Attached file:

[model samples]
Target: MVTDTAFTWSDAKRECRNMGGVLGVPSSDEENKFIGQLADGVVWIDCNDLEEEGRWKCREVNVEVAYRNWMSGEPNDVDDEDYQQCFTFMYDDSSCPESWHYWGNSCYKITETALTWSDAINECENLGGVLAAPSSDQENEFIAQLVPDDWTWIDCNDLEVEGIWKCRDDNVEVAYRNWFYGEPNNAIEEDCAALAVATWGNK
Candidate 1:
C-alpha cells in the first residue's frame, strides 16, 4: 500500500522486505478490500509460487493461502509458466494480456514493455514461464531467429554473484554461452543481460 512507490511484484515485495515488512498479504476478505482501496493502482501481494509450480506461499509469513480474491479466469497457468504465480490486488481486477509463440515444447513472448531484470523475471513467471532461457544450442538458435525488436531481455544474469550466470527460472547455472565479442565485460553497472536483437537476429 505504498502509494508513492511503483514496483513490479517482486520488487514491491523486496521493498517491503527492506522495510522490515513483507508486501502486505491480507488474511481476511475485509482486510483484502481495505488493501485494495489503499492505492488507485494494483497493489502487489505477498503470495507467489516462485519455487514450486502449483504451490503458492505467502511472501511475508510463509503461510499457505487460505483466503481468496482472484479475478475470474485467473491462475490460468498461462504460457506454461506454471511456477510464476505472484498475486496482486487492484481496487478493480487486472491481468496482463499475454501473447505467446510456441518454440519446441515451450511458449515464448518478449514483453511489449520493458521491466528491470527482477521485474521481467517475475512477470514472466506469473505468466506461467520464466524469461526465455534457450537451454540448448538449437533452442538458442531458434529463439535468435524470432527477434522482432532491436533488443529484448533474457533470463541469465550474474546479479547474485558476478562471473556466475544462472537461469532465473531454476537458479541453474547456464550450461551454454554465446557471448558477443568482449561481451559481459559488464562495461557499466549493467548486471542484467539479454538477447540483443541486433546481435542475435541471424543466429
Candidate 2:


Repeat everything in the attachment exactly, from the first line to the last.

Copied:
[model samples]
Target: MVTDTAFTWSDAKRECRNMGGVLGVPSSDEENKFIGQLADGVVWIDCNDLEEEGRWKCREVNVEVAYRNWMSGEPNDVDDEDYQQCFTFMYDDSSCPESWHYWGNSCYKITETALTWSDAINECENLGGVLAAPSSDQENEFIAQLVPDDWTWIDCNDLEVEGIWKCRDDNVEVAYRNWFYGEPNNAIEEDCAALAVATWGNK
Candidate 1:
C-alpha cells in the first residue's frame, strides 16, 4: 500500500522486505478490500509460487493461502509458466494480456514493455514461464531467429554473484554461452543481460 512507490511484484515485495515488512498479504476478505482501496493502482501481494509450480506461499509469513480474491479466469497457468504465480490486488481486477509463440515444447513472448531484470523475471513467471532461457544450442538458435525488436531481455544474469550466470527460472547455472565479442565485460553497472536483437537476429 505504498502509494508513492511503483514496483513490479517482486520488487514491491523486496521493498517491503527492506522495510522490515513483507508486501502486505491480507488474511481476511475485509482486510483484502481495505488493501485494495489503499492505492488507485494494483497493489502487489505477498503470495507467489516462485519455487514450486502449483504451490503458492505467502511472501511475508510463509503461510499457505487460505483466503481468496482472484479475478475470474485467473491462475490460468498461462504460457506454461506454471511456477510464476505472484498475486496482486487492484481496487478493480487486472491481468496482463499475454501473447505467446510456441518454440519446441515451450511458449515464448518478449514483453511489449520493458521491466528491470527482477521485474521481467517475475512477470514472466506469473505468466506461467520464466524469461526465455534457450537451454540448448538449437533452442538458442531458434529463439535468435524470432527477434522482432532491436533488443529484448533474457533470463541469465550474474546479479547474485558476478562471473556466475544462472537461469532465473531454476537458479541453474547456464550450461551454454554465446557471448558477443568482449561481451559481459559488464562495461557499466549493467548486471542484467539479454538477447540483443541486433546481435542475435541471424543466429
Candidate 2: